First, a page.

This game is one of the most disputed no-hitters of all time, not because of an error that could have gone either way, but because of home plate umpire Bruce Froemming’s ball call to walk San Diego’s Larry Stahl with two outs in the top of the ninth. Froemming later said that he did not realize it was a perfect game until after the call was made.
The 1972 season might not have been most memorable year in terms of the standings, but for two days at Wrigley Field, two Cubs pitchers, one toeing on the line of perfection, threw what only 10 other Cubs players have ever done-a no-hitter.
Many of us are going to remember where we were during Carlos Zambrano’s
no-hitter tonight. I’ve heard from a few people who had thought about
driving to the rescheduled game but didn’t. Another was stuck on a
train without anything but my updates. It was amazing — but not
entirely surprising — to hear that over 23,000 fans bought tickets for
a game announced 24 hours ago.
But for me, this game was a year in the making.
See, Carlos calls me “Justin” for my resemblance to Detroit Tigers
pitcher Justin Verlander. Carlos has the first locker in the Wrigley
Field home clubhouse, and one of the first times I walked into the Cubs
clubhouse last season, he said to Larry Rothschild, “Did we get
He wasn’t really talking to me, but I told him I knew he was talking
about me and said that I could actually pass for it if I were about a
foot taller. Our inside joke was born.
The day after Verlander threw a no-hitter June 12, 2007, against the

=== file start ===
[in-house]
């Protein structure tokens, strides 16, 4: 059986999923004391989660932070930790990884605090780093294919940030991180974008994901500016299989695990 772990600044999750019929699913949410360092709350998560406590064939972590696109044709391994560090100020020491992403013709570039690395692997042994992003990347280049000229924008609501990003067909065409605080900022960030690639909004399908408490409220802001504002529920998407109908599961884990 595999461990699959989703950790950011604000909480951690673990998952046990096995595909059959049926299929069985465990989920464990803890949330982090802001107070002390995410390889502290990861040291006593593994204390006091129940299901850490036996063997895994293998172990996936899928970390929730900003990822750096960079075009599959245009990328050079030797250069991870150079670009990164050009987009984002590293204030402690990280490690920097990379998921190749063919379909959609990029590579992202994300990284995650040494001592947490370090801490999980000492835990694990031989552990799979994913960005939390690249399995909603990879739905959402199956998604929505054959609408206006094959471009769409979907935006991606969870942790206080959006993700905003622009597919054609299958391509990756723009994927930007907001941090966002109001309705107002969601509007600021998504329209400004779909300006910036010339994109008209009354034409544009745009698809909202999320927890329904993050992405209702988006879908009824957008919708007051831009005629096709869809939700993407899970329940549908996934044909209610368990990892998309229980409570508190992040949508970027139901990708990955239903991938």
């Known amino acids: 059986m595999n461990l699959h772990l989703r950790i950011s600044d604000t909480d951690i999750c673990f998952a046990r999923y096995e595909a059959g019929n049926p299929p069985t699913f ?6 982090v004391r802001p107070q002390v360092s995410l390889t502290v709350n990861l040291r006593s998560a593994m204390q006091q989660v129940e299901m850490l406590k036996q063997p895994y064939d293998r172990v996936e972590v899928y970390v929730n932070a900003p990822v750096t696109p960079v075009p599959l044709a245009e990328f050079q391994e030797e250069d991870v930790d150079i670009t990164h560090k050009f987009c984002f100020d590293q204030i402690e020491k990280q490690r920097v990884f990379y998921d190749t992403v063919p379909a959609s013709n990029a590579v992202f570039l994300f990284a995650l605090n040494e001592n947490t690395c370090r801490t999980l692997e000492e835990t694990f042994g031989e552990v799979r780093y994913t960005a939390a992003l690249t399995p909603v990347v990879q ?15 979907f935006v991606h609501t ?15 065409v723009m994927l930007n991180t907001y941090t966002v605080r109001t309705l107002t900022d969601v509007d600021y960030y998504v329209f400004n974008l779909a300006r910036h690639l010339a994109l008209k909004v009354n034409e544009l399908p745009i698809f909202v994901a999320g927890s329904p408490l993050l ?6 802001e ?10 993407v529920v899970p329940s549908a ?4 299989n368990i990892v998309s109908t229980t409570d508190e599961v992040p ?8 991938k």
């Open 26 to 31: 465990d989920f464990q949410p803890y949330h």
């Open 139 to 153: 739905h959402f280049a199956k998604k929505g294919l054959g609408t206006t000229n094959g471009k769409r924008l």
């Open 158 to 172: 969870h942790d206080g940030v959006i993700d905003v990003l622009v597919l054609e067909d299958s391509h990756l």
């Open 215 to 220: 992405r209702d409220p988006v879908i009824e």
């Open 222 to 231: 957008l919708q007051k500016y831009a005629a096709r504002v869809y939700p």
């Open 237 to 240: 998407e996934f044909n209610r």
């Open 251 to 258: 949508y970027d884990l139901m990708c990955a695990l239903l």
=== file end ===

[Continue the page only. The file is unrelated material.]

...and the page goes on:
Brewers, I ran into Carlos in the Cubs dugout, and he congratulated me
on the accomplishment. I asked him what he thought of “my” pitching,
and he responded, “Oh, real good. Shoo, shoo, shoo, shoo,” while
signaling pitch movement in all four directions.
Four days later, Big Z almost had his own. I still remember the
emotional rollercoaster I went through sitting behind home plate at the
June 16, 2007, game against the Padres. He had allowed no hits through
7.1 innings, and I already was thinking about what I’d say to him if he
pulled it off.
But Marcus Giles hit a weak grounder up the middle that just squeaked
by Big Z himself, and Carlos ended up allowing the game’s only run on a
leadoff homer in the ninth to lose. I kept my mouth shut.
Tonight, however, Carlos answered several doubts that had arisen over
the last month. Coming off 12 days of rest, he had velocity, movement,
command, composure and endurance. The Cubs now sit 7.5 games ahead of
the Brewers, who have also fallen into a tie with the Phillies for the
wild card. That puts the Cubs’ magic number at seven games, giving them
the opportunity to clinch the division at home.
Carlos’ performance might have gotten the Cubs just one win closer to
the postseason, but I think it matters a lot more than that to him, the
team and Cubs fans.
So, Big Z, I had my moment. Congrats on getting yours.
Some 24,000 lucky fans got to see Carlos Zambrano throw a no-hitter in the emergency game in Milwaukee tonight.
It’s the Cubs’ first no-hitter since Milt Pappas did it in the near-perfect game against the Padres 36 years ago.
Leave your comments on Carlos’ incredible performance below.